On December 18, field epidemiologists boarded the cruise to collect samples and investigate any further cases. While on board, the team also reviewed data from medical logs, conducted laboratory testing to identify the exact viral strain of influenza and implemented quarantine protocols aboard the ship for close contacts of the infected. Those who tested positive for influenza were disembarked from the ship for isolation in a hotel, where they were monitored daily.
The teams also encouraged additional measures on the ship to prevent further spread, including mandatory mask use, social distancing and health guidelines. The cruise ship’s health professionals also encouraged passengers to participate in a flu vaccination drive on December 18. (The cruise line had encouraged but did not require travelers to get vaccinated against the flu before embarking.)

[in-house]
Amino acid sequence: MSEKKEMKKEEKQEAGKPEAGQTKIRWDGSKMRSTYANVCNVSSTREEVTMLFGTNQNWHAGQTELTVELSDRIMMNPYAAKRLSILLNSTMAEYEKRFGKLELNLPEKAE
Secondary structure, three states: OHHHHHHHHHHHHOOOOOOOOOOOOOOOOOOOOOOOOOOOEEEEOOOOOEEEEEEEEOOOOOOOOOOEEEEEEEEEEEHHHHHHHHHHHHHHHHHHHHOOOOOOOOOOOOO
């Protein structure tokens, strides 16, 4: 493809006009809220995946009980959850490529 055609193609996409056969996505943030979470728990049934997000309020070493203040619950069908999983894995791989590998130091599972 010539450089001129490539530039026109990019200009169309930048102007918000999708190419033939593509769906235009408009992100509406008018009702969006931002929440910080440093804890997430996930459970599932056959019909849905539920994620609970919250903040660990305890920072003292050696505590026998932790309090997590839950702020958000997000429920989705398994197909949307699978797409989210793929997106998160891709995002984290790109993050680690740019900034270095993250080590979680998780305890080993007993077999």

The Rio de Janeiro state government released further guidelines for COVID-19 protocols during the 2021-2022 season.16 All passengers had to show proof of vaccination against COVID-19 and present a negative PCR test prior to boarding. The ship’s maximum capacity was set to 75% of its total, with increased spacing between groups of travelers and weekly testing required for crew members. These measures, a reinforcement of the previous cruise ship guidance, promoted stronger vigilance among both passengers and crew members about the spread of viral disease—whether COVID-19 or the flu.
On December 28, 2021, ten days after the field investigations began, the outbreak was declared over. No new cases were confirmed; there were no hospitalizations and none of the passengers had been infected. Unlike in the events from 2000 and 2009, early detection among the crew prevented the flu from spreading to passengers.